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Body cams show police killing Javier Ambler while filming an A&E television show

“I can’t breathe,” “save me,” the unarmed black man pleads during a traffic stop.

A protester wears a face mask printed with the words “Stop killing black people” during a march in Brooklyn, New York, on June 7.
Erik McGregor/LightRocket/Getty Images

A disturbing new video released Monday by the Austin Police Department shows Javier Ambler pleading for his life as officers restrained him in Austin, Texas. This comes as massive protests have sprung up around the country in response to police brutality — and the clip in question raises alarms because Ambler’s arrest was being filmed for an A&E police-themed reality television show Live PD.

Ambler, whose March 2019 death was ruled a homicide, was black, appeared sober, and was unarmed, according to public records. In the body camera footage, officers restrain Ambler on his stomach and attempt to handcuff him. As they threaten to tase him, Amblers struggles to breathe and repeats, “I have congestive heart failure,” and, “I can’t breathe.” Ambler refers to the officers as “sir” throughout and tells them, “I am not resisting.” He pleads “save me” and gasps for air before officers tase him in the back. “I’m pretty sure I just broke his finger,” an officer says, pulling Ambler’s arm behind him. After being cuffed, Ambler falls limp.

In the clip, deputies attempt to revive Ambler and call EMS, though he remains unresponsive. The medical examiner later found Ambler died of “forcible restraint” along with congestive heart failure and hypertensive cardiovascular disease, according to documents reviewed by KVUE-TV.

According to reporting from the Associated Press, police initially pursued Ambler because he failed to dim his lights on his Honda Pilot and led officers on a 20-minute chase. State documents from the Texas attorney general say that Ambler “exited the Honda Pilot but did not immediately comply with the Deputy’s verbal commands,” and that during the arrest, “two Deputies each deployed their individual tasers” to gain compliance and place Ambler in custody. “Once in custody, Deputies noticed the driver was unresponsive. Deputies were unable to locate a pulse and began chest compressions until EMS arrived and took over life saving interventions,” the report reads.

The video and additional information concerning Ambler’s death comes now after multiple document requests from Austin American-Statesman and KVUE-TV. The Austin American-Statesman’s Tony Plohetski reports the new materials raise concerns among local residents who are concerned about police brutality and “worry that the presence of TV cameras leads deputies to forsake prudent policing for dramatic television.”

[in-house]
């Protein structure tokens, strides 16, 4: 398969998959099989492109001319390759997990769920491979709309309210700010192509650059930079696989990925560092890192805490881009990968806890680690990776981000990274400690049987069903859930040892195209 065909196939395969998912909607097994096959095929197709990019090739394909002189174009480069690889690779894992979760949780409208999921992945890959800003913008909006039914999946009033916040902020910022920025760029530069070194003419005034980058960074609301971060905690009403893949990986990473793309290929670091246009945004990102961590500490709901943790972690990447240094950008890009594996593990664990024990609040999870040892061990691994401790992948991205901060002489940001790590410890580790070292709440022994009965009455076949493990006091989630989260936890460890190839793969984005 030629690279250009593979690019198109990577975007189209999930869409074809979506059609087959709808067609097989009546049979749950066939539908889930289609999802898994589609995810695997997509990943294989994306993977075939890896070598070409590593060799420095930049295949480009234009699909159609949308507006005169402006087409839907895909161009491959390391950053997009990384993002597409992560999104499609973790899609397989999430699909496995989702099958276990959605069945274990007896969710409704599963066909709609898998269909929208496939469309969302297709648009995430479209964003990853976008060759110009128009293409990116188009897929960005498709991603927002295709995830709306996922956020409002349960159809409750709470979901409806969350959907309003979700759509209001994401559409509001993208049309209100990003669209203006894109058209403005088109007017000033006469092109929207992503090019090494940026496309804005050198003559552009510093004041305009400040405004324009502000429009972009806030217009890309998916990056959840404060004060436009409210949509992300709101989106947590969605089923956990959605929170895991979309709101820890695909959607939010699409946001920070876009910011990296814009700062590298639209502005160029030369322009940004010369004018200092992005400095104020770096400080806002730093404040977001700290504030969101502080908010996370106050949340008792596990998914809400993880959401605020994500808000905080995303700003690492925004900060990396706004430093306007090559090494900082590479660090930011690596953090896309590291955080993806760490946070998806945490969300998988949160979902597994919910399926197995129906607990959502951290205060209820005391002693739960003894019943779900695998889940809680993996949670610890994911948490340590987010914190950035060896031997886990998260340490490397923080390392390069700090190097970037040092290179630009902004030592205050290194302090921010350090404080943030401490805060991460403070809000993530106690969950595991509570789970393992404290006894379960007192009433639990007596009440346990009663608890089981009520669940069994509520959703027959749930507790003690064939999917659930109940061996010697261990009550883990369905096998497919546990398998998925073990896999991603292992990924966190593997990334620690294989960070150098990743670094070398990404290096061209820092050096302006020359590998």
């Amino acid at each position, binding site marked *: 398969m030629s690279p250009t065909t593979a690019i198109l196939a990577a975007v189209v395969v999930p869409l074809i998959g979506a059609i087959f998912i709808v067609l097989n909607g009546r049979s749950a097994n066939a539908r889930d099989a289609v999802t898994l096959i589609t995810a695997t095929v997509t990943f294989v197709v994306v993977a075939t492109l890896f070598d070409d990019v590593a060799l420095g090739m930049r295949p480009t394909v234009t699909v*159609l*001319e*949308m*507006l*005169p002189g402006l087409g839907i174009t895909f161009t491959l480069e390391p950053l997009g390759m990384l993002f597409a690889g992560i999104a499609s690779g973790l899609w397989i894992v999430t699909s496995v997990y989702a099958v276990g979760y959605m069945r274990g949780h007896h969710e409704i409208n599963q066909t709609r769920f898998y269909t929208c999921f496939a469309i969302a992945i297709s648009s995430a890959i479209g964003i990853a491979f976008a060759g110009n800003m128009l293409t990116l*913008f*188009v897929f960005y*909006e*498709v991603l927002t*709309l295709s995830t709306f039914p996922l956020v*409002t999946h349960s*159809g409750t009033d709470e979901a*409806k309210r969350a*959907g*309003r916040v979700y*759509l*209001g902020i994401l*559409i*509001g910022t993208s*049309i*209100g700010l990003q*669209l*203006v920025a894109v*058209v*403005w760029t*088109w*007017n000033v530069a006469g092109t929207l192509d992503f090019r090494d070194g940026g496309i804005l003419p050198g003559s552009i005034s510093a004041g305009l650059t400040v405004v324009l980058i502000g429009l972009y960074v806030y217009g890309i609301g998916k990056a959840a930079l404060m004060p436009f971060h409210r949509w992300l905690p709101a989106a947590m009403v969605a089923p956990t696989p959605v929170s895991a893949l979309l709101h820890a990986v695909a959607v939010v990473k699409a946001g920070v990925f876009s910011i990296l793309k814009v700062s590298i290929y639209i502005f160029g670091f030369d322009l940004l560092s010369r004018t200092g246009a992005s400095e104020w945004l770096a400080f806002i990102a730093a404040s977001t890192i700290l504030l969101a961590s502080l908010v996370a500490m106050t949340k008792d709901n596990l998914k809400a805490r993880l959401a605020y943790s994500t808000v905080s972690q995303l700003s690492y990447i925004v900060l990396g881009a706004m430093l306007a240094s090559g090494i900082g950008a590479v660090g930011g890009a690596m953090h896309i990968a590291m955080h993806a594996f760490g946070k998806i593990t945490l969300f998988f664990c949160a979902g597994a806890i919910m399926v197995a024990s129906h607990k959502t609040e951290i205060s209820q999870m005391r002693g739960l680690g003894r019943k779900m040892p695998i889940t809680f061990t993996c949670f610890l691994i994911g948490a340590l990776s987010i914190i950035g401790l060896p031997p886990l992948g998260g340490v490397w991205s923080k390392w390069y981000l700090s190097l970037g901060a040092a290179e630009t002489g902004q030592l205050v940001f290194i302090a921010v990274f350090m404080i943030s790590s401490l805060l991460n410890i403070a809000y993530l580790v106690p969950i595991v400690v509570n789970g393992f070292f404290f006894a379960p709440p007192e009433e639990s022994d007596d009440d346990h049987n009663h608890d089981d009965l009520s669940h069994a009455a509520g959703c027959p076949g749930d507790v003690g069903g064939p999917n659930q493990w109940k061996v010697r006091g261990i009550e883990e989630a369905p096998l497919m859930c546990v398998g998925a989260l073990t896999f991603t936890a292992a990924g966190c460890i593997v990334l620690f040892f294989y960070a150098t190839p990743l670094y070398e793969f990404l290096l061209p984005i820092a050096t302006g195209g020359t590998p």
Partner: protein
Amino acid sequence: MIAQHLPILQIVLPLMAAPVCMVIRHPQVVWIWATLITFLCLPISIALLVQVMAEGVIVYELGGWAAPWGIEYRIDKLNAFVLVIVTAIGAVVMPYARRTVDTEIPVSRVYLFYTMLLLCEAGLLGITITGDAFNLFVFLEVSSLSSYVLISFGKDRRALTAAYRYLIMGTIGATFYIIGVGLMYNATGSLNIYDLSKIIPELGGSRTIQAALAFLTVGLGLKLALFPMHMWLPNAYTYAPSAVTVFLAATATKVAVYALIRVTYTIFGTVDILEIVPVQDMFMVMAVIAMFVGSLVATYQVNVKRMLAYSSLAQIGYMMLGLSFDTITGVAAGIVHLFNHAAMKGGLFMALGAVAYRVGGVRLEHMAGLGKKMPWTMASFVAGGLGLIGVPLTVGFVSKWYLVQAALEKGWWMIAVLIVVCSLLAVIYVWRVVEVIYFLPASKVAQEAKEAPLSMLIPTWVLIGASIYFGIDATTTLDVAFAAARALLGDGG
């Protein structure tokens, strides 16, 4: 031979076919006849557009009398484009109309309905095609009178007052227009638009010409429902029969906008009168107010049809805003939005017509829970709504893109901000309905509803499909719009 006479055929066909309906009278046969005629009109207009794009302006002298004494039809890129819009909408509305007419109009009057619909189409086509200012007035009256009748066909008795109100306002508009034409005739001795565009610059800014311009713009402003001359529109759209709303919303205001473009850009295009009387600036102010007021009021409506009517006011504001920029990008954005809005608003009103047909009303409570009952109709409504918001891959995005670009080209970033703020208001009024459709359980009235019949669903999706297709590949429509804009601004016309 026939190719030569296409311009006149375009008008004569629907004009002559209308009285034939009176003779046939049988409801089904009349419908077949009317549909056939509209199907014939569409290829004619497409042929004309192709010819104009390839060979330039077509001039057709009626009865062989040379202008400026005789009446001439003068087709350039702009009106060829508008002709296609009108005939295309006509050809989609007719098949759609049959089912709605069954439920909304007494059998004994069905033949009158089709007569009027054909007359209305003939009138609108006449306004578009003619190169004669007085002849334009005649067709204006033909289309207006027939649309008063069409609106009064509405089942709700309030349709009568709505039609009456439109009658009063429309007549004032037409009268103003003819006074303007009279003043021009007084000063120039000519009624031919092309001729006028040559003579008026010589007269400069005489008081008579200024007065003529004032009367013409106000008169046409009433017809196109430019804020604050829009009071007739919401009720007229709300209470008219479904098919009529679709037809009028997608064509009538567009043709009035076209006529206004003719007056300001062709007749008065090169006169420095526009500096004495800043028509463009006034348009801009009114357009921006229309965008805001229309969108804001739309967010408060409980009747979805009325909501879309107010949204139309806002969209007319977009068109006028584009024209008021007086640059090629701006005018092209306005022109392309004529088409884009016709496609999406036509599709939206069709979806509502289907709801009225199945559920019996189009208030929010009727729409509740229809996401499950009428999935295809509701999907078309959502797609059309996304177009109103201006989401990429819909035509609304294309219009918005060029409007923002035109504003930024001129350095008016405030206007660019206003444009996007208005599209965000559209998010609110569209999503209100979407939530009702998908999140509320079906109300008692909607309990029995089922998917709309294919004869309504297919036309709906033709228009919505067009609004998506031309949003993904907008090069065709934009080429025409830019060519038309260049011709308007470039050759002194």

Plohetski’s story also notes “some 15 months after Ambler’s death,” the Williamson County District Attorney’s civil rights investigation into the incident is still ongoing, and explains that local officials plan to present the case to a grand jury. Citing a report from Williamson County sheriff’s department internal affairs, Plohetski reports that “there is no indication” that “the deputies faced any action against them or were forced to take time off because of the incident.”

The dangers of driving while black persist nationwide

A black man on his stomach, hands pulled behind his back, officers pressing on his head: the video of Javier Ambler bears a striking similarity to the George Floyd clip that has circulated the globe and sparked worldwide protests. Far from an isolated incident, the video comes the same day as another clip from New Jersey shows the police killing a black man after a minor traffic incident.

Both killings come after years of high-profile police-related deaths of black motorists. Philando Castile’s death started with a “traffic stop”; Sandra Bland’s death began with a “failure to signal”; Walter Scott’s death began with a “faulty brake light”; Samuel DuBose’s death began with a “missing front license plate.” Far beyond cases that end fatally, investigations have often shown police interactions with black drivers to be both punitive and frivolous. According to a New York Times investigation, in Greensboro, North Carolina, police “used their discretion to search black drivers or their cars more than twice as often as white motorists,” and the police “were more likely to use force if the driver was black, even when they did not encounter physical resistance.”

A similar Justice Department investigation following the death of Mike Brown found that, among motorists in Ferguson, Missouri, “African Americans are more than twice as likely as white drivers to be searched during vehicle stops even after controlling for non-race based variables.”

Recent videos, previous cases, and longstanding investigations undergird activists’ concerns that “driving while black” is unnecessarily dangerous. The footage of Ambler’s killing fuels the policy debate about defunding the police and imagining new, less violent forms of civil service emergency response for public services, including traffic control.